The Long Entanglement: NATO's First Fifty Years

By Lawrence S. Kaplan | Go to book overview

4
The Impact of Sputnik on NATO

"The impact of Sputnik on NATO" was written initially for a conference in Paris in 1991 and published in Rélations Internationales (Autumn, 1992). The English version was presented at a NASA conference at the Smithsonian Institution in Washington, DC, in October 1997.

If ever there was a Pax Americana it should have been found in the decade of the 1950s. The vast power of America that was harnessed in World War II blossomed between 1950 and 1960. Not only was the United States truly the only superpower, it enjoyed a prosperity never before achieved in its history. Yet the Cold War with the Soviet Union and its allies cast a shadow on the 1950s that extended from the beginning to the end of the decade. Communism was not only a dangerous ideology threatening American values but also a tool of Russian imperialism threatening American security. The decade opened with the Korean conflict and closed with the fallout from Sputnik.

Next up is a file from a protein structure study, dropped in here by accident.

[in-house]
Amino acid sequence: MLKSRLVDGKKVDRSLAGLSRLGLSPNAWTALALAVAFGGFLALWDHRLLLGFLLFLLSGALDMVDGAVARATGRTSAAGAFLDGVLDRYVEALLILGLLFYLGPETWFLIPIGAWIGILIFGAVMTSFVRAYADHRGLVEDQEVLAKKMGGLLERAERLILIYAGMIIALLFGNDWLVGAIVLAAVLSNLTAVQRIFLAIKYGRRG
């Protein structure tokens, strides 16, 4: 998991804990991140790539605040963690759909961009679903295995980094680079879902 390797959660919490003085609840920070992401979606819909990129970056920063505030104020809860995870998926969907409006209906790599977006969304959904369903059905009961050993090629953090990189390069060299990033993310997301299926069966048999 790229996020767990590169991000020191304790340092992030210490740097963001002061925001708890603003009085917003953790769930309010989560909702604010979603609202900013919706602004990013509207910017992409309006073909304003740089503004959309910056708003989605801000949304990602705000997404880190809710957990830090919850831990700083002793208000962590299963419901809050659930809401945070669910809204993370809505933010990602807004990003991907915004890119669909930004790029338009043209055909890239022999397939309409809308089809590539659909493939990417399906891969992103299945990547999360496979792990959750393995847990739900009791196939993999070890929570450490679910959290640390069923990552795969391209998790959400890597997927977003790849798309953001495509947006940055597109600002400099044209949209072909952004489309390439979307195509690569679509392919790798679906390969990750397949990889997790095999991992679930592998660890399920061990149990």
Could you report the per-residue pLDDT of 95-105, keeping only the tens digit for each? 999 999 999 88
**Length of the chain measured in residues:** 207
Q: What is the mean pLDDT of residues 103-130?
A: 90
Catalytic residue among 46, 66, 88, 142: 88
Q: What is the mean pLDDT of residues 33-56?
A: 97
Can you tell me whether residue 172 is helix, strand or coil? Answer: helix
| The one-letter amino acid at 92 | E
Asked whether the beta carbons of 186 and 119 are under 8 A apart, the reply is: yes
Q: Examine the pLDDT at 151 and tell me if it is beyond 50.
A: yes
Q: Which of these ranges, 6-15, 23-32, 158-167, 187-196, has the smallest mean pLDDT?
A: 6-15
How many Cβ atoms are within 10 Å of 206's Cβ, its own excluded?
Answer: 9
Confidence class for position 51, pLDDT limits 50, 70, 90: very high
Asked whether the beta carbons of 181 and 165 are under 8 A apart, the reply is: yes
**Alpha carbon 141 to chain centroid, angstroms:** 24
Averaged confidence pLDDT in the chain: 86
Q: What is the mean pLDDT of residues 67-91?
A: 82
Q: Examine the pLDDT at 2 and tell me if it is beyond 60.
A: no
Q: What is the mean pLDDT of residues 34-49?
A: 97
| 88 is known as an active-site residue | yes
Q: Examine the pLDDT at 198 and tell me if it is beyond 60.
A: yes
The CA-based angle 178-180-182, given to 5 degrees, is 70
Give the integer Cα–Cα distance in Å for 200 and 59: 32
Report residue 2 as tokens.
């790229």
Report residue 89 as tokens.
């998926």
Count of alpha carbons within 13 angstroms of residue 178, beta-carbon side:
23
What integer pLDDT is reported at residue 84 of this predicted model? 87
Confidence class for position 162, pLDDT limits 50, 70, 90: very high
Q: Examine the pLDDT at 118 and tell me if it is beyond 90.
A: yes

Historians a generation later have noted that the nation misjudged both events: the invasion of North Korea was not a Soviet experiment to be repeated in a divided Germany; and the launching of an earth satellite was not a harbinger of Soviet technological or military superiority. But even the middle years of the decade appeared fraught with danger. The fall of French Indochina might have set in motion the fall of all South Asia to communism, and the Suez crisis of 1956 might have opened all the Middle East to Soviet control. As it was, the decade's end marked the advent of a dan-

-65-

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